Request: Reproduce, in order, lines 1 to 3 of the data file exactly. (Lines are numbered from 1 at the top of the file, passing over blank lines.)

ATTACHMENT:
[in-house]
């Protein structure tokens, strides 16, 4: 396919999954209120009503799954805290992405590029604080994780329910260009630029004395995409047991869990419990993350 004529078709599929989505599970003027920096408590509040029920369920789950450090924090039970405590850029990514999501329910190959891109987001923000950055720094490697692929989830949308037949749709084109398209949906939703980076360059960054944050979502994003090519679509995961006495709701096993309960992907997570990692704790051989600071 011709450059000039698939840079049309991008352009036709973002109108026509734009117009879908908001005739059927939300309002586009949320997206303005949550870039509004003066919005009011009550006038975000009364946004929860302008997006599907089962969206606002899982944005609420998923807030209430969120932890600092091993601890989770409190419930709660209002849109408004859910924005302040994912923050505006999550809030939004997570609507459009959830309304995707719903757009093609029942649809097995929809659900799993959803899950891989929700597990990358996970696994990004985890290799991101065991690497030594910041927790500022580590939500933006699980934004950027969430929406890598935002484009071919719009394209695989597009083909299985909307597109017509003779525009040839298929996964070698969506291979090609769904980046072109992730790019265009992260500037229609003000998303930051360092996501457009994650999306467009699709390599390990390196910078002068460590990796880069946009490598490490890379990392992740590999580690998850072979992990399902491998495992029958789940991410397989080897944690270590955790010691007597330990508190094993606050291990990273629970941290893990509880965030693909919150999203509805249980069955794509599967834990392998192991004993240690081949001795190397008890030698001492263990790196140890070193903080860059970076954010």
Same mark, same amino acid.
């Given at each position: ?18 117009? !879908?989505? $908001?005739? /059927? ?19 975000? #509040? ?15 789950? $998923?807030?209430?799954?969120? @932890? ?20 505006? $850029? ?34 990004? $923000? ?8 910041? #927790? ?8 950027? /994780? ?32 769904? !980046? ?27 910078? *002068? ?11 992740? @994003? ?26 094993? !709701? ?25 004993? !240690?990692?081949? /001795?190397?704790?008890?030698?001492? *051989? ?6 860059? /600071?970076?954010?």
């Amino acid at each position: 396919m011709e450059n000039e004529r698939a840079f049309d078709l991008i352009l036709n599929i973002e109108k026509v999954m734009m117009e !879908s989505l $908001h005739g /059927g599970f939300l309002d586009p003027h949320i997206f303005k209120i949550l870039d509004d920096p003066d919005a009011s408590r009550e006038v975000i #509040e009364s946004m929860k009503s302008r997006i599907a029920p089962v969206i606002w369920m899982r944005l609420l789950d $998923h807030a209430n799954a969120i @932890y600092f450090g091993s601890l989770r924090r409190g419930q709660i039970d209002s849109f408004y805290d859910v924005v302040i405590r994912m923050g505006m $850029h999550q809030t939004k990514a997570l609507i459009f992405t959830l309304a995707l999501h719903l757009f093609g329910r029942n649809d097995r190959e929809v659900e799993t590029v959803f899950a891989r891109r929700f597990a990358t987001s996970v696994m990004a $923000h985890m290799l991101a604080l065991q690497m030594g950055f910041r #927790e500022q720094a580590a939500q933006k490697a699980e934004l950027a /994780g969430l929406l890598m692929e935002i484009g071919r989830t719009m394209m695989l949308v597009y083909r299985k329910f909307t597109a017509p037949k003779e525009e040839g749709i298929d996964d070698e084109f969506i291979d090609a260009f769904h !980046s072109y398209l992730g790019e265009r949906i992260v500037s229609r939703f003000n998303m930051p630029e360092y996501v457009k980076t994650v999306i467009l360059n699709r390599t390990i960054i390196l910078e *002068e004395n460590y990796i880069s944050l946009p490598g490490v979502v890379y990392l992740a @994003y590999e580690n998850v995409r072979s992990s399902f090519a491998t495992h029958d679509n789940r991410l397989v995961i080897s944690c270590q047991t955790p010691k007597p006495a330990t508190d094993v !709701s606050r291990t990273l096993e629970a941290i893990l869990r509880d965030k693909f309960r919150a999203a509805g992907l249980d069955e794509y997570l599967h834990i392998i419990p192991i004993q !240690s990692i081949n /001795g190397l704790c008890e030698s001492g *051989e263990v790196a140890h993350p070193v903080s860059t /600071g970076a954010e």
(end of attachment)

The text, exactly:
[in-house]
């Protein structure tokens, strides 16, 4: 396919999954209120009503799954805290992405590029604080994780329910260009630029004395995409047991869990419990993350 004529078709599929989505599970003027920096408590509040029920369920789950450090924090039970405590850029990514999501329910190959891109987001923000950055720094490697692929989830949308037949749709084109398209949906939703980076360059960054944050979502994003090519679509995961006495709701096993309960992907997570990692704790051989600071 011709450059000039698939840079049309991008352009036709973002109108026509734009117009879908908001005739059927939300309002586009949320997206303005949550870039509004003066919005009011009550006038975000009364946004929860302008997006599907089962969206606002899982944005609420998923807030209430969120932890600092091993601890989770409190419930709660209002849109408004859910924005302040994912923050505006999550809030939004997570609507459009959830309304995707719903757009093609029942649809097995929809659900799993959803899950891989929700597990990358996970696994990004985890290799991101065991690497030594910041927790500022580590939500933006699980934004950027969430929406890598935002484009071919719009394209695989597009083909299985909307597109017509003779525009040839298929996964070698969506291979090609769904980046072109992730790019265009992260500037229609003000998303930051360092996501457009994650999306467009699709390599390990390196910078002068460590990796880069946009490598490490890379990392992740590999580690998850072979992990399902491998495992029958789940991410397989080897944690270590955790010691007597330990508190094993606050291990990273629970941290893990509880965030693909919150999203509805249980069955794509599967834990392998192991004993240690081949001795190397008890030698001492263990790196140890070193903080860059970076954010």
Same mark, same amino acid.